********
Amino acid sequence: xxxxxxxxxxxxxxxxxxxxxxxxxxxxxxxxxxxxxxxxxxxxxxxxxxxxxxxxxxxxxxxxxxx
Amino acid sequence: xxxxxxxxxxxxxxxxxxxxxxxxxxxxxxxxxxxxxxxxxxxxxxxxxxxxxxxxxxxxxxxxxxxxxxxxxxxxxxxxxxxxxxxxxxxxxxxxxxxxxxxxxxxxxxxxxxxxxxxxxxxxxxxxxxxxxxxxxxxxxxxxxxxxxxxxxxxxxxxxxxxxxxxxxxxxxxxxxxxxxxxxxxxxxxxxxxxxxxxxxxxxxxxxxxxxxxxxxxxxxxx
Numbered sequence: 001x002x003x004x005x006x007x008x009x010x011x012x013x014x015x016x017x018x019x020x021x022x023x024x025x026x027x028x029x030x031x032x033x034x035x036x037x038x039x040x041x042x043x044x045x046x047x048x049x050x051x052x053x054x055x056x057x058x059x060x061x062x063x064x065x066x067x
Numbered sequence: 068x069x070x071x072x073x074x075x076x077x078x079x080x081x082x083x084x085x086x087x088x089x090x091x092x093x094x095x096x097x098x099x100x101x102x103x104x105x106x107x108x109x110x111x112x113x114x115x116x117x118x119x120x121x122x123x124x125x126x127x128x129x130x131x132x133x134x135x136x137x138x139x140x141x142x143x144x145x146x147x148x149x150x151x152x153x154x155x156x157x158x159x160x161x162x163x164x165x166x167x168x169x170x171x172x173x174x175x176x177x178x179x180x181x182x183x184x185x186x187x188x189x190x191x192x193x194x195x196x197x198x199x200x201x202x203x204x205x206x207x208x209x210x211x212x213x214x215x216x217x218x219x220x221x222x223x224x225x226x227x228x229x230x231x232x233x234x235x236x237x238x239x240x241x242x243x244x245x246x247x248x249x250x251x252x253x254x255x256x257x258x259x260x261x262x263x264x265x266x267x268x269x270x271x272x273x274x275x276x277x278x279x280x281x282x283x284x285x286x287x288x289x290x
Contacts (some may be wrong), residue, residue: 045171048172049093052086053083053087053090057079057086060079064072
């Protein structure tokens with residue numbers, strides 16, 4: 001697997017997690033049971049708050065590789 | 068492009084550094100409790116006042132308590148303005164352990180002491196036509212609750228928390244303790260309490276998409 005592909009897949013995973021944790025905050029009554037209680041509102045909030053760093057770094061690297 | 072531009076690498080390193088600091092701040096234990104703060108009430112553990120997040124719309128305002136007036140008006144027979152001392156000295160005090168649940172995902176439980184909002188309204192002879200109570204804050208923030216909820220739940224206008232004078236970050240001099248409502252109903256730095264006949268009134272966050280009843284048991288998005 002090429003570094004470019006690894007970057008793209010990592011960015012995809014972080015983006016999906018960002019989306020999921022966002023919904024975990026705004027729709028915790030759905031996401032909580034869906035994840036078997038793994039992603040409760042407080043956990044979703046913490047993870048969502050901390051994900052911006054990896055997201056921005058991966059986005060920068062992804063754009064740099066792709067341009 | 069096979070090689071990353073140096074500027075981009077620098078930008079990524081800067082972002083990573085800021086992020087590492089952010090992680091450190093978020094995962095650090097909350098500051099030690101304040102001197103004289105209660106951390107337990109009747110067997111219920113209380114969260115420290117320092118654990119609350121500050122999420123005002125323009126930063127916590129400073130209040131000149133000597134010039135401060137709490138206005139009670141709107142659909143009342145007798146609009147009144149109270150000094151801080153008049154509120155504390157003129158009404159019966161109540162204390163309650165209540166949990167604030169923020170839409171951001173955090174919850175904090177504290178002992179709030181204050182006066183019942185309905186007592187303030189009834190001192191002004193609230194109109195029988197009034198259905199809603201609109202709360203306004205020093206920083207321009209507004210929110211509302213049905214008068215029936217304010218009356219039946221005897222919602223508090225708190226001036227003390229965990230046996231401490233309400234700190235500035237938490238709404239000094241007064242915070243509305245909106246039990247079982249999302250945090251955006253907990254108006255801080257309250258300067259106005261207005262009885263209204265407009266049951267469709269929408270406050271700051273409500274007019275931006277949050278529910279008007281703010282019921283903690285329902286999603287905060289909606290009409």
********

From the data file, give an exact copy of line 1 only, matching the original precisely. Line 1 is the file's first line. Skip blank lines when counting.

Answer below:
Amino acid sequence: xxxxxxxxxxxxxxxxxxxxxxxxxxxxxxxxxxxxxxxxxxxxxxxxxxxxxxxxxxxxxxxxxxx